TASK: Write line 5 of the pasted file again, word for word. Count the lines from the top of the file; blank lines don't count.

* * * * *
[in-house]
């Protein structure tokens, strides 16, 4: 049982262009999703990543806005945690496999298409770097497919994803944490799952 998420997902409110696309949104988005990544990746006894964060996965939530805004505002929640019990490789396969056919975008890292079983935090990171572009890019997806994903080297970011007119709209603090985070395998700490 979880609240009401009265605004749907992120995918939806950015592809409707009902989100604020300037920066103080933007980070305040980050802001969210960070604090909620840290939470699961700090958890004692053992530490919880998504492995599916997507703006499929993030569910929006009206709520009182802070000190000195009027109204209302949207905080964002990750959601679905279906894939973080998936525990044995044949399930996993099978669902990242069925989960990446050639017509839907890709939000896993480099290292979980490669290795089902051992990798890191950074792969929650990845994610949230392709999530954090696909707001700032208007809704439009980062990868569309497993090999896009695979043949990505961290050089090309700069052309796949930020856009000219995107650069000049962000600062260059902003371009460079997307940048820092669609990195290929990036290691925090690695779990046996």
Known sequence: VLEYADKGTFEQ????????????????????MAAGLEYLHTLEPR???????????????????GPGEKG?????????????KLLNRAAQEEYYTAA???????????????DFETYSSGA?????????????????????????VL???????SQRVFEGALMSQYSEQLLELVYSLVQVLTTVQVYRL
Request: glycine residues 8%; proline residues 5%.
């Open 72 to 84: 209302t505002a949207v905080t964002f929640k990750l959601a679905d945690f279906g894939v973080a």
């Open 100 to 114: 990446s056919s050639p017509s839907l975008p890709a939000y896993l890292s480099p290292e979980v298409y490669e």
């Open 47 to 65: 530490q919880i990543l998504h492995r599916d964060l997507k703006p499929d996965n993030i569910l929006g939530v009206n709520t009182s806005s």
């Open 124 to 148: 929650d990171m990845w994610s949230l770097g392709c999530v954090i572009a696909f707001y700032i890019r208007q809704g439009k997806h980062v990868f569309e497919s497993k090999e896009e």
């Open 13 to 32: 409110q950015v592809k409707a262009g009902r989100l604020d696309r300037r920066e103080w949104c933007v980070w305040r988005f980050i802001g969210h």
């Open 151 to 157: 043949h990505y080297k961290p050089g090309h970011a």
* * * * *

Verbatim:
């Open 72 to 84: 209302t505002a949207v905080t964002f929640k990750l959601a679905d945690f279906g894939v973080a």